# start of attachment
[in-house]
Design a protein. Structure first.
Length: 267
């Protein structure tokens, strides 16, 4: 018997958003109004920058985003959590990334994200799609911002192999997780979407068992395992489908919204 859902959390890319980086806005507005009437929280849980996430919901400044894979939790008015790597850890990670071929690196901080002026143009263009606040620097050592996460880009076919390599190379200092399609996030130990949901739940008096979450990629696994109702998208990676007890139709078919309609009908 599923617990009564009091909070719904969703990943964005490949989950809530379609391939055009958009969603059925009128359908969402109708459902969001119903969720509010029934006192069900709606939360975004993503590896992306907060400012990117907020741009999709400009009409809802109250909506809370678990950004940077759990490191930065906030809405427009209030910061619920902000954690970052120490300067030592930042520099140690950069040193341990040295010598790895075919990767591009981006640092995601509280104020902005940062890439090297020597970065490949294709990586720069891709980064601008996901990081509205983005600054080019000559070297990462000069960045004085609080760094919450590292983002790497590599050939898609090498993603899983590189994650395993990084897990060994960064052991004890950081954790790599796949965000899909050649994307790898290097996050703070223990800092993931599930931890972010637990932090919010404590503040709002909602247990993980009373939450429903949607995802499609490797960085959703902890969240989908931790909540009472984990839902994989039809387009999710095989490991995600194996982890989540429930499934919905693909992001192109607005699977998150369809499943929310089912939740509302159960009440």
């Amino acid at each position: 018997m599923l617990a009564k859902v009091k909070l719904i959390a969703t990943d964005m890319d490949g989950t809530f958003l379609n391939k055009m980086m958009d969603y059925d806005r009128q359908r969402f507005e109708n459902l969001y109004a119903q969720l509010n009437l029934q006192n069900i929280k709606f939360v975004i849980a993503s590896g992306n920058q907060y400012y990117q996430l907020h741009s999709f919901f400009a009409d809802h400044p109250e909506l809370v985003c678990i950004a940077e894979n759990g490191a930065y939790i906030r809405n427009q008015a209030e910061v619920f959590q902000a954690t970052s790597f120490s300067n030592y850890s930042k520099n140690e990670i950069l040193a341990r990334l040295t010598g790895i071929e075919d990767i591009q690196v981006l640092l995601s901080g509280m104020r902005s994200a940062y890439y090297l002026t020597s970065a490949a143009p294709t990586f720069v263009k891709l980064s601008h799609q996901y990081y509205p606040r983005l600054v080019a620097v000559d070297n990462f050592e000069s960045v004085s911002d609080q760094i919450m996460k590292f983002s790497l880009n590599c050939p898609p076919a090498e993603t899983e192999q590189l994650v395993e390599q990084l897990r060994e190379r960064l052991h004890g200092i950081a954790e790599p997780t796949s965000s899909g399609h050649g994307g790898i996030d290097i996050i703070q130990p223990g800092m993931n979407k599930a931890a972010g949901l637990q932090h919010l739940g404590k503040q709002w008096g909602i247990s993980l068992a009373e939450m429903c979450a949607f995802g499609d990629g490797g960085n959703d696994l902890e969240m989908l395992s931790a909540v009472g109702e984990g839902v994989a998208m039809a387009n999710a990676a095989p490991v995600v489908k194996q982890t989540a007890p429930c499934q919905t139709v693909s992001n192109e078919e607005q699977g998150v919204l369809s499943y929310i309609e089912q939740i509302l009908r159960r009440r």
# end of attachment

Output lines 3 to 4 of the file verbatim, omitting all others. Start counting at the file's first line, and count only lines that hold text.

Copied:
Length: 267
């Protein structure tokens, strides 16, 4: 018997958003109004920058985003959590990334994200799609911002192999997780979407068992395992489908919204 859902959390890319980086806005507005009437929280849980996430919901400044894979939790008015790597850890990670071929690196901080002026143009263009606040620097050592996460880009076919390599190379200092399609996030130990949901739940008096979450990629696994109702998208990676007890139709078919309609009908 599923617990009564009091909070719904969703990943964005490949989950809530379609391939055009958009969603059925009128359908969402109708459902969001119903969720509010029934006192069900709606939360975004993503590896992306907060400012990117907020741009999709400009009409809802109250909506809370678990950004940077759990490191930065906030809405427009209030910061619920902000954690970052120490300067030592930042520099140690950069040193341990040295010598790895075919990767591009981006640092995601509280104020902005940062890439090297020597970065490949294709990586720069891709980064601008996901990081509205983005600054080019000559070297990462000069960045004085609080760094919450590292983002790497590599050939898609090498993603899983590189994650395993990084897990060994960064052991004890950081954790790599796949965000899909050649994307790898290097996050703070223990800092993931599930931890972010637990932090919010404590503040709002909602247990993980009373939450429903949607995802499609490797960085959703902890969240989908931790909540009472984990839902994989039809387009999710095989490991995600194996982890989540429930499934919905693909992001192109607005699977998150369809499943929310089912939740509302159960009440």